Over the weekend, residents of Shawnee, Kan., gathered for the annual parade celebrating their city’s heritage.
People in lawn chairs peppered the sidewalks. Children sat on the curb, their eyes glued to the colorful floats and decorated cars inching down the street. A giant American flag suspended over the parade route flapped in the breeze.
Then an eye-catching vehicle rolled past the crowd. Reactions were mixed.
It was a Jeep painted like an American flag with a replica of what appeared to be a .50-caliber machine gun attached to the back, according to the Kansas City Star. Riding in it was Kansas Secretary of State and Republican gubernatorial candidate Kris Kobach, grinning and waving to onlookers.
“Had a blast riding in the Old Shawnee Days Parade in this souped up jeep with a replica gun,” Kobach tweeted after the parade. “Those who want to restrict the right to keep and bear arms are deeply misguided. The only thing that stops a bad guy with a gun is a good guy with a gun.”
But Kobach’s parade entry did not sit well with some attendees and sparked backlash on social media from people critical of the politician for displaying the gun at a family-oriented event where children were present.
“It was pretty shocking,” parade attendee Johnny Lewis told the Kansas City Star. “There were audible gasps from the folks we were sitting by.”
Lewis also took to Twitter to express his concerns. He wrote that his 6-year-old daughter, who was present at the parade, “worries constantly” about school shootings and “endures intruder training at school in fear.”
He added that the “very real looking” gun “with visible ammunition rounds hanging from it” was pointed at the crowd.
“My child didn’t need that today,” Lewis’s tweet went on to say. “Don’t care what your position is on second amendment that is completely unnecessary.”
“Children are scared to go to school and you cram this scene in their faces,” one user wrote. “I will do everything in my power to make sure you never set foot in the Governor’s office.”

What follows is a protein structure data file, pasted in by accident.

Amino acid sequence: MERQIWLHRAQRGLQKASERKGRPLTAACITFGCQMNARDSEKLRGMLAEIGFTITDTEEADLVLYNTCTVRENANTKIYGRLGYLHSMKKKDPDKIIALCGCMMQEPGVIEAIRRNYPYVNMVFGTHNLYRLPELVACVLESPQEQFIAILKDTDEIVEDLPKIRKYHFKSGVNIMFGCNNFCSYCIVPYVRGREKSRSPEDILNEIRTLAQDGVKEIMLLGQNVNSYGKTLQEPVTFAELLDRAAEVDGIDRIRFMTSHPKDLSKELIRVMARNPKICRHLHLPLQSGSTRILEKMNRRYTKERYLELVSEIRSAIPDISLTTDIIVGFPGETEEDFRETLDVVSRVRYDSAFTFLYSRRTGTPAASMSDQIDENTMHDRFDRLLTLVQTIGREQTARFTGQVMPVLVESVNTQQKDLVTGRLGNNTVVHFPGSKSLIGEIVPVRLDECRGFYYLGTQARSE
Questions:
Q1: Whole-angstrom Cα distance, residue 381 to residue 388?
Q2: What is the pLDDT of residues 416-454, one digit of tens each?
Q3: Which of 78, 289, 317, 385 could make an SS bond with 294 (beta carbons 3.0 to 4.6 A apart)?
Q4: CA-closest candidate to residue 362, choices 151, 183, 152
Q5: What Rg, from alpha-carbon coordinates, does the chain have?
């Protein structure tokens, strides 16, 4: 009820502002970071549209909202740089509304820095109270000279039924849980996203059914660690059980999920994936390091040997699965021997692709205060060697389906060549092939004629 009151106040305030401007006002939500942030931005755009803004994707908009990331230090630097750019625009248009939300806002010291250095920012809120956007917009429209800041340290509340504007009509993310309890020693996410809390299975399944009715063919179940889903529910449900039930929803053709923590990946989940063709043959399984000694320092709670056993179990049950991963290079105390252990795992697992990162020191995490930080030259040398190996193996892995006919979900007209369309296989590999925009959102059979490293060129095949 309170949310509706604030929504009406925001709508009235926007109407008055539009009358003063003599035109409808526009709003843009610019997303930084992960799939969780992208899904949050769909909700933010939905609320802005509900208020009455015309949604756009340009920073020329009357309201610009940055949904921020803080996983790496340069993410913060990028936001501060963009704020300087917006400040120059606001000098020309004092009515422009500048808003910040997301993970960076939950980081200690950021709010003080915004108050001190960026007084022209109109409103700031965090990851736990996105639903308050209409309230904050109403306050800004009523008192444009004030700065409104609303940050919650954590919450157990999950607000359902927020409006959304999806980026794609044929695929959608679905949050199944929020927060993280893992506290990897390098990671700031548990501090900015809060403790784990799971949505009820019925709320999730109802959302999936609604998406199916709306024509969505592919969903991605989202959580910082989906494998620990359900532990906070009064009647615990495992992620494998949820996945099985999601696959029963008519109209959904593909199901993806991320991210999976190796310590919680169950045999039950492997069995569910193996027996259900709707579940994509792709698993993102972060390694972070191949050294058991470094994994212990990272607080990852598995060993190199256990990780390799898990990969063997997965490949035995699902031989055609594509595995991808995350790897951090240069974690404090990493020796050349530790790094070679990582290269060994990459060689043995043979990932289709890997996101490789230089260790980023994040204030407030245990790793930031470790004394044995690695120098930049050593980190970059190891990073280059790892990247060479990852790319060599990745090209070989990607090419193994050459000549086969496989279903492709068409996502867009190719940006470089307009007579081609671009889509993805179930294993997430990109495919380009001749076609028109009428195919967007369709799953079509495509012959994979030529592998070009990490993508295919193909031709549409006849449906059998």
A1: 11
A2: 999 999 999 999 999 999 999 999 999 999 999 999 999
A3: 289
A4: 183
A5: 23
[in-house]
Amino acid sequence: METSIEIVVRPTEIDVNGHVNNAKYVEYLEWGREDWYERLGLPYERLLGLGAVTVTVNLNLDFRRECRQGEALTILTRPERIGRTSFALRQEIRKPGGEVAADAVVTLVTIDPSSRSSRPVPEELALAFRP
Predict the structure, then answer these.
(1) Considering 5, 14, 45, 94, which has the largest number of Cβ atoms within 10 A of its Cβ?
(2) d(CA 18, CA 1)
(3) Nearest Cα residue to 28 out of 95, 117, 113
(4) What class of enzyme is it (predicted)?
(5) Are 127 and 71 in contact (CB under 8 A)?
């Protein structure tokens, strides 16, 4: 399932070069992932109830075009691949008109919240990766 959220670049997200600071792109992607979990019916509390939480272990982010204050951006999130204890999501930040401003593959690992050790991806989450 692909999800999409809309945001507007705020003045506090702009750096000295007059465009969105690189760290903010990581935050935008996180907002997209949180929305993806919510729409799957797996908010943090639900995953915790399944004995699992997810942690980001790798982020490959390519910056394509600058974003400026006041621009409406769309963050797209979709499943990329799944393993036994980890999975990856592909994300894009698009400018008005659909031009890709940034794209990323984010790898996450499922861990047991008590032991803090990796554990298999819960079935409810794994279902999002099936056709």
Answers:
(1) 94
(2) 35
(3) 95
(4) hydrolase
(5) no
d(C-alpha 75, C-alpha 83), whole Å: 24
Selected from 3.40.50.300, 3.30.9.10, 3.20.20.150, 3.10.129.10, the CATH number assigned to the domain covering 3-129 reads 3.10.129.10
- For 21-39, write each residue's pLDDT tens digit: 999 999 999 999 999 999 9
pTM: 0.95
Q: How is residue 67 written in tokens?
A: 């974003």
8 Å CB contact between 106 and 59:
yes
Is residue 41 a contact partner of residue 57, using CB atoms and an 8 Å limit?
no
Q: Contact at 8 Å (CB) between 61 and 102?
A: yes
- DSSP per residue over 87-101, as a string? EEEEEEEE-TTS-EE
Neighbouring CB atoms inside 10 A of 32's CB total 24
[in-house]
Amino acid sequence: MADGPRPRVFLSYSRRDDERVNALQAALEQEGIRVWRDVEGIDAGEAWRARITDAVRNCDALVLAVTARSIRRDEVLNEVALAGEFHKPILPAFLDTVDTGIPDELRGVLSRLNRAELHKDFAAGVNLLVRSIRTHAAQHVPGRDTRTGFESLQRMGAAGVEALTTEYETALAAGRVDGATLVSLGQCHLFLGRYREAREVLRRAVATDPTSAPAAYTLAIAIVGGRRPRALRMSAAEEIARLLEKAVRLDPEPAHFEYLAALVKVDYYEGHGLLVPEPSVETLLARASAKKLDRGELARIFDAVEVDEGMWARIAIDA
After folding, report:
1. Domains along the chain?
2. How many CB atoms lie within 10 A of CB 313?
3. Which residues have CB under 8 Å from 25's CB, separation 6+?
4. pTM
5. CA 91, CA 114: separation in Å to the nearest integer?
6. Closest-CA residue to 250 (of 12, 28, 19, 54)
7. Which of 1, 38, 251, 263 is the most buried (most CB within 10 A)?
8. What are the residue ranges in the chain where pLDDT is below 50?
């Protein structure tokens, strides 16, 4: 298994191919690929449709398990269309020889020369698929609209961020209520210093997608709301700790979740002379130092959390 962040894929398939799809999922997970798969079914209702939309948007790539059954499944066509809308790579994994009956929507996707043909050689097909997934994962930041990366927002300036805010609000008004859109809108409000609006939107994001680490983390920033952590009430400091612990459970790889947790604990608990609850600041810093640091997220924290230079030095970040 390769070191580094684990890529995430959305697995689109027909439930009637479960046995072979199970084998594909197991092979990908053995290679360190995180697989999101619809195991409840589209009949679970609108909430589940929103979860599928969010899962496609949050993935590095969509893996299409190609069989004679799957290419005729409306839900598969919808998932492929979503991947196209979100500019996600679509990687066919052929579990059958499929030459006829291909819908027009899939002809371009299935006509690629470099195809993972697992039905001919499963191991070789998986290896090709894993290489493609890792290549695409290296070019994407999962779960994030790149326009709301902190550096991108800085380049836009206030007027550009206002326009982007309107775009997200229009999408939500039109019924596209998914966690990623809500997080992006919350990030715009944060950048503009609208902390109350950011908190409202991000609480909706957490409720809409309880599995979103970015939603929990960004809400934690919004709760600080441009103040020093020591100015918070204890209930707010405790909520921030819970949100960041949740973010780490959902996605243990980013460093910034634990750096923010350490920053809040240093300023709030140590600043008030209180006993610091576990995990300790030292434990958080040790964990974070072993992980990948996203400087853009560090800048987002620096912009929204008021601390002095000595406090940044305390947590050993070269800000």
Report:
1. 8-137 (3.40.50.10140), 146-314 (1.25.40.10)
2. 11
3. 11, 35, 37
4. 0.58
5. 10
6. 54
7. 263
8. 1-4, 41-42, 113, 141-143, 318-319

Even some supporters of gun rights spoke out against Kobach’s actions.
On Facebook, one person commented, “I’m a lifelong conservative and strong believer in the second amendment, and I found your float extremely tacky and inappropriate.”
Another said he had planned to “defend Kobach,” but after seeing the Jeep, he changed his mind.
“If you wanted to show support for the 2nd Amendment, why didn’t you just carry a pistol on your hip?” the commenter wrote. “Why the big gun. Those ARE man killers. Replica or not, that was a dumb move. I’ve always liked Kobach, and I hope he makes better moves than this in the future.”
Some also pointed out that machine guns, similar to the replica Kobach used, are not protected by the Second Amendment.
After the parade, the City of Shawnee and the event’s organizers released a statement Saturday apologizing for the “concern and frustration” caused by Kobach’s actions.
“In no way does this or any parade entry or float directly reflect the views and values of the City, the Old Shawnee Days Board or the Old Shawnee Days Society,” the statement said. “Please know that the safety of our residents is always our highest priority and we apologize if this made anyone feel unsafe or unsettled.”
But in an interview with KMBC, Kobach insisted that “99 percent” of the crowd reacted “very positively” and noted that people were “taking pictures of the Jeep, giving me thumbs-ups.”
“Thank you for standing up,” one Facebook commenter said. “Sad we live next door to neighbors that have forgotten so much about history. Keep up the good fight.”
Another Facebook user called Kobach a “good man.”
“Guns were carried and displayed in every parade I’ve ever been to,” the comment said. “Proudly by the patriots who made our country great!”
On Sunday evening, Kobach defended his actions, posting a photo of himself next to the Jeep to Facebook and Twitter.
Along with the photo, Kobach wrote, “The outrage over the replica gun on the back of a patriotic jeep is the left trying to attack guns and your #2A rights. I will not back down in the face of a snowflake meltdown and outrage culture.”
Kobach told KMBC he thought the Jeep looked cool and that it symbolized the U.S. military, especially having the military gun mounted on it.
“I think it’s kind of amusing that snowflakes today think that people will be afraid at the sight of a gun,” he said.
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